Partnering with the private sector: Strategic partnerships that could bolster charities’ efficiencies

Partnering with the private sector: Strategic partnerships that could bolster charities’ efficiencies

11th August 2020

By Qariem Radix

The charity sector has been badly hit by Covid-19. Donations have dropped, employees have been furloughed or made redundant, and the issues that charities tackle have been overshadowed by the crisis. 

But now more than ever, people need charities’ services. Whether it’s for mental health support; debt, money or legal advice for those who have lost their jobs; or adult social care, charities’ work is vital.  

Mindful of the fact that “the NHS, social care and public health are destined to ‘sink or swim’ together”, many charities have teamed up to streamline their efforts. But a spirit of togetherness among charities won’t be enough. 

Could partnership with the private sector offer a route out of the Covid-19 crisis?

Corporate partnerships 101

There are several ways in which corporate-charity partnerships can benefit both sides, including “improved public visibility, enhanced fundraising power, and an increased audience reach”.

So it’s important for charities to recognise that they have a lot to give. 

“Corporate-charity partnerships should never be one way,” writes Ashoka’s communications and partnerships manager Felicity McLean

“Increasingly, companies are searching for strategic charity partnerships to achieve popularised goals for corporate social responsibility, human resources or public relations. Partnerships are no longer restricted to financial transaction. Nor are they dependent on the wishes, whims and capacity of corporates.”

In Kind Direct

One charity which “operates at the interface between the corporate sector and the charity world” is In Kind Direct

It donates new consumer goods donated by UK companies to charities in the UK and overseas. These supplies are then distributed to people in need, helping charities fulfil their remit and saving companies from having to send surplus products to landfill.

During the Covid-19 crisis, the charity has been stretched to its limit – but its corporate partners have truly stepped up.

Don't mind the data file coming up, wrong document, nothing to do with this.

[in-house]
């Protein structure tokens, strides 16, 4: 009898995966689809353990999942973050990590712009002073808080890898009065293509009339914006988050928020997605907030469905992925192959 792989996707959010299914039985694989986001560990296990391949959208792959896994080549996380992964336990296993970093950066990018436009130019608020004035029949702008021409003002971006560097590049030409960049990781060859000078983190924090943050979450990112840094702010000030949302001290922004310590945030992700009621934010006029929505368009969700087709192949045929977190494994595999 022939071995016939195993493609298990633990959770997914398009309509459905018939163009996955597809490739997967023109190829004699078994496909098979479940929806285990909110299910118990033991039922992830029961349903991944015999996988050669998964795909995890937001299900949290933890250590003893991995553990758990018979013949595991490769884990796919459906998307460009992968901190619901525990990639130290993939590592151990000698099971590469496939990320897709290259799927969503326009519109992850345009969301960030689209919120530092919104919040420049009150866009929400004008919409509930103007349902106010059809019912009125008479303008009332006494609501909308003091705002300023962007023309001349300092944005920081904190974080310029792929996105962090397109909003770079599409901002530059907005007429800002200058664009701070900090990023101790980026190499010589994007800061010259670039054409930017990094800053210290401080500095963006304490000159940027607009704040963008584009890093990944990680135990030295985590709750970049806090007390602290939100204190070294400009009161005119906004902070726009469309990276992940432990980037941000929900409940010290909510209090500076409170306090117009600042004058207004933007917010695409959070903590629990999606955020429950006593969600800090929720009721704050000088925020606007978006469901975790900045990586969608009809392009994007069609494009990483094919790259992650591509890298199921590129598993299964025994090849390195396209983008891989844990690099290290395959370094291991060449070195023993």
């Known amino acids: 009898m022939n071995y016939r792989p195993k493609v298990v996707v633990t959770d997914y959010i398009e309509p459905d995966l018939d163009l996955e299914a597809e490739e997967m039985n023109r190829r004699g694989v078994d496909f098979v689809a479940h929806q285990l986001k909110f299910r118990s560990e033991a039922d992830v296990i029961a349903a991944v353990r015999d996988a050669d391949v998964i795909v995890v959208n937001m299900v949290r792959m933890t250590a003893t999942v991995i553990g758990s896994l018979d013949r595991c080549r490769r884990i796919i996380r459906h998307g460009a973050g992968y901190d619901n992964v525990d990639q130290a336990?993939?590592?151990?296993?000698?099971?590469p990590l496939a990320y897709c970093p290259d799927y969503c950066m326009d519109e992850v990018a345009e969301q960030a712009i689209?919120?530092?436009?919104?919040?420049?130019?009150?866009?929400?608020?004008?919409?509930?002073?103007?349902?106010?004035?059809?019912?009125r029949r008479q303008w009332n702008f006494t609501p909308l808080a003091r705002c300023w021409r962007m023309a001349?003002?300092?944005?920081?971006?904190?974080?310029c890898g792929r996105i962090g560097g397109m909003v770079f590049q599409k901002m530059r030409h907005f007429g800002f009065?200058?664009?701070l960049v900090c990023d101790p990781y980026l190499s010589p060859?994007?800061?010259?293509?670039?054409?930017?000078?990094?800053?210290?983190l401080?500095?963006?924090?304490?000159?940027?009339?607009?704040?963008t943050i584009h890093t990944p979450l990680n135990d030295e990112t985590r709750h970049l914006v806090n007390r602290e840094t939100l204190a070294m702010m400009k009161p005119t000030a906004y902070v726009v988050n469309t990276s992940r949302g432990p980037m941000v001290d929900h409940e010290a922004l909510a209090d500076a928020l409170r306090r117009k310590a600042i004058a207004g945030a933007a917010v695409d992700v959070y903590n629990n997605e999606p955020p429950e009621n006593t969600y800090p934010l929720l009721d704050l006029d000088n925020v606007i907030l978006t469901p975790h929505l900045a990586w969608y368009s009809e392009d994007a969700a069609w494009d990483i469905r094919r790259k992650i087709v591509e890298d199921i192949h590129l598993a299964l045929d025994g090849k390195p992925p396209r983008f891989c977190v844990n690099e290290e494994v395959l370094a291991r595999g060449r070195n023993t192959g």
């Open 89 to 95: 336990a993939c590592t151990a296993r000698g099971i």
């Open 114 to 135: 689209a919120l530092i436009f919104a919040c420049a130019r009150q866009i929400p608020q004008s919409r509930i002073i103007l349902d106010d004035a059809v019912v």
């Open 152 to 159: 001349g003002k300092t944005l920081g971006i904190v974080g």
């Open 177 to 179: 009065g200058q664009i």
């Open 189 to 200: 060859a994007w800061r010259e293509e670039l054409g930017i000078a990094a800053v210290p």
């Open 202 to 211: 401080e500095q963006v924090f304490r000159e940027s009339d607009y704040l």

According to chief executive Rosanne Gray, they have not only widened the range of goods that they donate, but also started, “to donate towards the cost of what is essentially a sophisticated logistics exercise”. 

She says: “During the crisis, companies have donated resources like free warehousing and transportation… something entirely new.”

NHS Charities Together

Another charity that has boomed during the crisis is NHS Charities Together, whose Covid-19 appeal has raised £130m. 

While this was spearheaded by the sterling fundraising efforts of Captain – now Captain Sir – Tom Moore, corporate partners played a huge role. 

The appeal gained huge media exposure through its partnership with ITV, aided by gifts of airtime from companies that no longer need the ad slots they had booked before the pandemic.

CEO Ellie Orton told Marketing Week that “our brand was unheard of and the sector not known by two-thirds of people in the country” before the pandemic appeal. 

“We knew this was going to be very different, but we were thinking in the tens of millions. But within five days we had over £15m. Everywhere there were people wanting to be able to support and give to the NHS.”

The power of collaboration

As lockdown eases, the non-profit sector faces a mammoth task. One analysis suggests that 10% of UK charities face bankruptcy by the end of the year. 

Yet, as Ms Gray says, there is a “continuing need for an innovative third sector that will be here to support the rebuilding of our communities in the coming months”.

Partnerships with corporates who share your charity’s ideals and culture have the potential to bolster your work, widen your reach – and keep you afloat over the difficult months and years ahead. 


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